“The big opportunity — and where the most disruption is — is in local media.”—Vivian Schiller, president, NPR
“I have little doubt in my mind that, whether it’s us or somebody else, [local news] is going to be a very big space in the future.”—Tim Armstrong, chair and c.e.o., AOL
In the front of the room, NPR President Vivian Schiller and AOL Chief Executive Tim Armstrong are laying out their corporate strategies to almost a thousand online journalists. It’s the lunchtime general session of the Online News Association (ONA) Conference, and the topic is one of the principal challenges for American journalism: how to provide and sustain local news.
The distinction between national and local news often gets lost among the gloomy statistics that surface in so many discussions of the news business. Local newspapers have been folding, probably at a faster rate than many people realize. According to Paper Cuts, 171 local newspapers have closed in the three years 2008-2010, resulting in the loss of 2,800 jobs, not counting early retirements.
Locally is where disruptive technology has been the most profoundly disruptive. By contrast, national news providers have been gaining some advantages that may ultimately offset their losses, with CNN, theNew York Times, Fox News and USA Today using the Web to deliver more news to more people more often.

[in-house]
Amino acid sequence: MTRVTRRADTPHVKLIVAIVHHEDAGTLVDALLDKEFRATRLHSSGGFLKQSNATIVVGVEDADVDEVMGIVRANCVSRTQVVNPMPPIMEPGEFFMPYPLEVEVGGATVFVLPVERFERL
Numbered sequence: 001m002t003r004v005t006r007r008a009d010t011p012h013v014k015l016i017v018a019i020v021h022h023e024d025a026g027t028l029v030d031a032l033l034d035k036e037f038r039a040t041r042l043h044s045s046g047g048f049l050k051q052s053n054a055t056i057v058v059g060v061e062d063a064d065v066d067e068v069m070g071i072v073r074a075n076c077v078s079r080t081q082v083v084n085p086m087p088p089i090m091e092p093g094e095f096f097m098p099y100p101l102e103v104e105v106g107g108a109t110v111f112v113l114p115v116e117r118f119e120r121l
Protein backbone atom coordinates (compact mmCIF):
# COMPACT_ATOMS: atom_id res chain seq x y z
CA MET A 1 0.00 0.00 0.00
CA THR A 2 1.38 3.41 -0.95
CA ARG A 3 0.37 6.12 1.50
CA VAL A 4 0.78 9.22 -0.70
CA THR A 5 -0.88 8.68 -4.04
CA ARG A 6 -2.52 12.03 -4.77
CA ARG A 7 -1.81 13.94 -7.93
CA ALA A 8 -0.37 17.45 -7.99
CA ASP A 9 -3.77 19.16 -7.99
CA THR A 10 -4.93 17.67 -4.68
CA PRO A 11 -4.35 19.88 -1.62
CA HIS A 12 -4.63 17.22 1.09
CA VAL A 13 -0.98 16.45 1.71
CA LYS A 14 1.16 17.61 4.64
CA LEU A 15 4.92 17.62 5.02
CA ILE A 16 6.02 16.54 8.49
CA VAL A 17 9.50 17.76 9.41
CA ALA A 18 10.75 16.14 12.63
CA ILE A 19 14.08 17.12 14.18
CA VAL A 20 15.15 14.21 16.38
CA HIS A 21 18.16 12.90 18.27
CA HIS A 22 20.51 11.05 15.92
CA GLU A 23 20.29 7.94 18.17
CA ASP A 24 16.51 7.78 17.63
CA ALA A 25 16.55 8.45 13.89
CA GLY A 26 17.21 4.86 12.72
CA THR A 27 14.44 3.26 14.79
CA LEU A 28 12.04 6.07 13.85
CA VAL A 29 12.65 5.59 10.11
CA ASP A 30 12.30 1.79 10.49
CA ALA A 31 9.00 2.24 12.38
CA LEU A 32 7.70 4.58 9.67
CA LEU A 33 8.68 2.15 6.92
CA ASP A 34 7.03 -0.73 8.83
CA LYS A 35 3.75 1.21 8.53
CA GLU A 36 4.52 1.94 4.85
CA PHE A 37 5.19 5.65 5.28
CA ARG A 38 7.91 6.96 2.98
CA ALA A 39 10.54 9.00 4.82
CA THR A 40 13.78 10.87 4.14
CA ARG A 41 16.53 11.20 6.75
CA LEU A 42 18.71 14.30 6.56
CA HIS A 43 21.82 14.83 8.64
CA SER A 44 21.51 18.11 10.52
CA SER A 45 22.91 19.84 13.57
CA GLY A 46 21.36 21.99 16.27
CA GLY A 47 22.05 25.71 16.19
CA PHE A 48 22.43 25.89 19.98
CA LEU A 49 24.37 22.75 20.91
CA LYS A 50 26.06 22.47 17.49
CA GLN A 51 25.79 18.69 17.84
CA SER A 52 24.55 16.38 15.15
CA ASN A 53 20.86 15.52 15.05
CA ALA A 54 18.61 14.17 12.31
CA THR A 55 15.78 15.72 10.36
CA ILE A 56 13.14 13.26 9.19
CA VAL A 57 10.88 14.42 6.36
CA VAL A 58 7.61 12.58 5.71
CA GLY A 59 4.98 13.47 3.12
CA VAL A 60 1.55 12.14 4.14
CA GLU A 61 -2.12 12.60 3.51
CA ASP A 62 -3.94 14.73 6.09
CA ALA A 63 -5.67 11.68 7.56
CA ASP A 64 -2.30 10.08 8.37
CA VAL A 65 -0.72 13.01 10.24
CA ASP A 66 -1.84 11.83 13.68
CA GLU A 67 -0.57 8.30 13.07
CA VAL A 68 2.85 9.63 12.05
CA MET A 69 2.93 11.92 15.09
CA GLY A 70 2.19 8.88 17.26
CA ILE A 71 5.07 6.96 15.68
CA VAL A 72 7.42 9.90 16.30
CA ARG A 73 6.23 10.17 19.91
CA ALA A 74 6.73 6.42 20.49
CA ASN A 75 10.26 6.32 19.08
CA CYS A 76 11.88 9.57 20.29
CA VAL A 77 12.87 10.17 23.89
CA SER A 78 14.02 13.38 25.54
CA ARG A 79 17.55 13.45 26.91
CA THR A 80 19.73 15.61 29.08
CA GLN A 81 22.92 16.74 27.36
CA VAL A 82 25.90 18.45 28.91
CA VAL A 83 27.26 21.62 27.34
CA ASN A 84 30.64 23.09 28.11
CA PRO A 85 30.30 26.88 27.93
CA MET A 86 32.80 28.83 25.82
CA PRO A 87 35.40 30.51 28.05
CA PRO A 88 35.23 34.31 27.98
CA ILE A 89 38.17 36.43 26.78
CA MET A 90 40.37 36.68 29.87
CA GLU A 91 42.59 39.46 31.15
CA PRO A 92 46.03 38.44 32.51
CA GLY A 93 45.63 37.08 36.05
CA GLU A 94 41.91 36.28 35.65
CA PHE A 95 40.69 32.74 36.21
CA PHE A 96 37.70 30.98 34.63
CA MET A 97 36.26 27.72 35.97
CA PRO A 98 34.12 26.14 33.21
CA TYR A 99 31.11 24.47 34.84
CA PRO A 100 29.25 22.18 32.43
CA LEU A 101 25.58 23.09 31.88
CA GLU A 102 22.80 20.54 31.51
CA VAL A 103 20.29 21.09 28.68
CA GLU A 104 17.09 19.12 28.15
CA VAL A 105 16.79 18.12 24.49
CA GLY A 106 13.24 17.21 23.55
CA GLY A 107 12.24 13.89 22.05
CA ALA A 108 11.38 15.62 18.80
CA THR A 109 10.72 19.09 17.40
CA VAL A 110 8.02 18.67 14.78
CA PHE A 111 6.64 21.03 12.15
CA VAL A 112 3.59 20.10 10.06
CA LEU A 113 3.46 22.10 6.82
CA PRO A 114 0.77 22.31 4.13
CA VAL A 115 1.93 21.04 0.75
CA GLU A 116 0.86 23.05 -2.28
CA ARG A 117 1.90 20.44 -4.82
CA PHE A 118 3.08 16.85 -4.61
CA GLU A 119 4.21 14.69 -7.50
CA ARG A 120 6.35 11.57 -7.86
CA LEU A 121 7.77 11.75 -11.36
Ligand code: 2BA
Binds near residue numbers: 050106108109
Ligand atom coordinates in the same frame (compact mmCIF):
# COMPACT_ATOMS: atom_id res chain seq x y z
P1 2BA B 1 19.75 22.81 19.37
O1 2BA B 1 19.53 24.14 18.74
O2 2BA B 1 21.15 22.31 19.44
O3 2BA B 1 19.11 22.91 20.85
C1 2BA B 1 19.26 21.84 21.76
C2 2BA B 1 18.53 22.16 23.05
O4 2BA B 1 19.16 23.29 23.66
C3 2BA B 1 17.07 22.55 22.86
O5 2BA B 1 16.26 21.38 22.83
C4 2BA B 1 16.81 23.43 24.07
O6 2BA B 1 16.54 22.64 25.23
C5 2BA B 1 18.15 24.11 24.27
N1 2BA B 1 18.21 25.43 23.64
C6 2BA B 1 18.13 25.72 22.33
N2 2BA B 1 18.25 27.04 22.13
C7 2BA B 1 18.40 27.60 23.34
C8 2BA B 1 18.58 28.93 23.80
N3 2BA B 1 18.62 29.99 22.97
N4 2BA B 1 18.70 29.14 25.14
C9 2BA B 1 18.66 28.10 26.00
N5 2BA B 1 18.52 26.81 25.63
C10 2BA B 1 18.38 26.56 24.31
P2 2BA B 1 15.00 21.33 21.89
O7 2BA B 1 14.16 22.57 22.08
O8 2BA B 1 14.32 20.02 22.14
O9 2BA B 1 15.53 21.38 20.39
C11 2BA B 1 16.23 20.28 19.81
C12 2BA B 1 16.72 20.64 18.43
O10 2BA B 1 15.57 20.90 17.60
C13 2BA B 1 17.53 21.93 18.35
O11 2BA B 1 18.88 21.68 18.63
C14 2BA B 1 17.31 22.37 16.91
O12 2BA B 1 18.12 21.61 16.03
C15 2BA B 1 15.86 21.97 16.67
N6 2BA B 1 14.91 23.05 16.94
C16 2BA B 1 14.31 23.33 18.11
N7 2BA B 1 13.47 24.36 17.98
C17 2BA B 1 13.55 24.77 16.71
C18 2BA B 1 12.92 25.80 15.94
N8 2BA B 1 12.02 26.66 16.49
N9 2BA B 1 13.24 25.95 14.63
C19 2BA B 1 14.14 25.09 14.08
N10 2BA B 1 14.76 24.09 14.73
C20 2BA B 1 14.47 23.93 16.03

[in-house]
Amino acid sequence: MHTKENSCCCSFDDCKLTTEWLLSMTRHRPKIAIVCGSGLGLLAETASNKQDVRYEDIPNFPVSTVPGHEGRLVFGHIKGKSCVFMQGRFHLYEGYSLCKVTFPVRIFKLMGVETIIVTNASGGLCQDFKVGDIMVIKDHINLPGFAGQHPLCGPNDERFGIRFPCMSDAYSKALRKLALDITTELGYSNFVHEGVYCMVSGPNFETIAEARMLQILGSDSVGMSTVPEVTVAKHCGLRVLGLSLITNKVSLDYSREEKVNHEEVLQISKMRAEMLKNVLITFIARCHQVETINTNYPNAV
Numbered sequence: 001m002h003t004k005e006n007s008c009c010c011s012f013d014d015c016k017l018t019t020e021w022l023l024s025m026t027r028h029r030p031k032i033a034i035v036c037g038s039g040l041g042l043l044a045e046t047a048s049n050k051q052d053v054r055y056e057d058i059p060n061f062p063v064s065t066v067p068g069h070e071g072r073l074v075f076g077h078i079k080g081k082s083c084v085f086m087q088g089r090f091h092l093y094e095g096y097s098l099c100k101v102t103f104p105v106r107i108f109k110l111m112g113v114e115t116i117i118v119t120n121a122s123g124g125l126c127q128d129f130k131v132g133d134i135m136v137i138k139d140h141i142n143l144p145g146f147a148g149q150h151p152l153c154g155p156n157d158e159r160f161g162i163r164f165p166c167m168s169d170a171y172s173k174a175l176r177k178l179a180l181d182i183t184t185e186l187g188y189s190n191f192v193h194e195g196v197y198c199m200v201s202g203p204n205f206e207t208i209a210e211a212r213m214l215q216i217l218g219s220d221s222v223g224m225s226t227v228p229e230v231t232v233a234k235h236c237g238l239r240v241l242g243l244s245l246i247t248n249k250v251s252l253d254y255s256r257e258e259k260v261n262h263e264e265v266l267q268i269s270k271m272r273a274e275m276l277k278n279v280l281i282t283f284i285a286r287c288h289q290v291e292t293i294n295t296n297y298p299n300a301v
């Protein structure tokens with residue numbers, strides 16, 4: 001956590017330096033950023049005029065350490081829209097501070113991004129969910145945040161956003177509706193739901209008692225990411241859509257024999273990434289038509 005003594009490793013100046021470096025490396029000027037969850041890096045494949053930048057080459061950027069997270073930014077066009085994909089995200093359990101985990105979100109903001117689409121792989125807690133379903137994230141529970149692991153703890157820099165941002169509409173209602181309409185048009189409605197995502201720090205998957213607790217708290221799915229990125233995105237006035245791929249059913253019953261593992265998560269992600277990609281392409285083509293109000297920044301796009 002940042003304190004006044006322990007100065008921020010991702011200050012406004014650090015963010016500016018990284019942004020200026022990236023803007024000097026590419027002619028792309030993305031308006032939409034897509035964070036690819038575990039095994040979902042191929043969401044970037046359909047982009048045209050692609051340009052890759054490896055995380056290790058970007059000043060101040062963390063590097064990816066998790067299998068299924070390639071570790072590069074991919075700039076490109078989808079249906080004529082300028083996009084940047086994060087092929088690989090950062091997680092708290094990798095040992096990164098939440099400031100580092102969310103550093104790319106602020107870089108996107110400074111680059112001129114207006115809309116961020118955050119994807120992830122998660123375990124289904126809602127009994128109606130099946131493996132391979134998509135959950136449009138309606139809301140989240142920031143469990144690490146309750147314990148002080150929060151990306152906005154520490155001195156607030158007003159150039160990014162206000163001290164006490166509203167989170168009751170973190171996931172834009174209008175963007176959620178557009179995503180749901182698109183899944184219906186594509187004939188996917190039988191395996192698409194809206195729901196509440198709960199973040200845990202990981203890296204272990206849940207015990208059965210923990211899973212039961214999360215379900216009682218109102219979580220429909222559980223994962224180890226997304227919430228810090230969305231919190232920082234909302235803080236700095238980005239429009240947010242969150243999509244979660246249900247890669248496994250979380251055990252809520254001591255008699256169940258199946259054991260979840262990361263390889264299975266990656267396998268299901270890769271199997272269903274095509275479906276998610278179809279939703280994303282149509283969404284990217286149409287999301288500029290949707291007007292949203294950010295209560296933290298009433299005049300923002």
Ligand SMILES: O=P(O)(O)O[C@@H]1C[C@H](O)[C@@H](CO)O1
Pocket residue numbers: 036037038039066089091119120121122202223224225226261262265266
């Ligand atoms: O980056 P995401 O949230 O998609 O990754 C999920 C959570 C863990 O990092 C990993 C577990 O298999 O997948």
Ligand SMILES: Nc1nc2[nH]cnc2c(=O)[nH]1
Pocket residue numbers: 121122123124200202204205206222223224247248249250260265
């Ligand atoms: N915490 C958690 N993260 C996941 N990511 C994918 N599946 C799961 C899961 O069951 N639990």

The same difference in local/national potential appears in public radio. Few knowledgeable observers worry that NPR will collapse under the pressure of disruptive technology and social media. The national audience for NPR content is growing, reaching historic highs in spring 2010.
All signs point to continued growth in the decade ahead. On Facebook, NPR is “liked” by 1,371,607 people (and that number is growing steadily). Monthly usage of NPR digital platforms grew from 43 million pageviews in June 2009 to 88 million in June 2010, with about three-quarters of that growth coming from mobile users.
In contrast, you have trouble finding people who are optimistic about the prospects for mid- and small-sized stations. The weakest public TV stations already are collapsing. In the decade ahead, the damage and consolidations will almost certainly extend to public radio.
So, what are stations viewing as a way of improving their competitive position? Most often their answers is: “go local.” Speakers at many media conferences reinforce this survival strategy: go local, especially in news.
What makes this approach so appealing? First, with the collapse of local newspapers, there appears to be a market opening, much like the opening that developed on radio as long-form news formats gave way to all-news-all-the-time.
Second, the majority of public stations are already news outlets. Their audience is an “NPR news audience,” so the go-news approach is building on strength. And finally, many of the largest foundations in the country are looking to help fill the local news gap created by the newspaper crisis. Perceived opportunity, perceived capability and potential funding. It’s a powerful combination.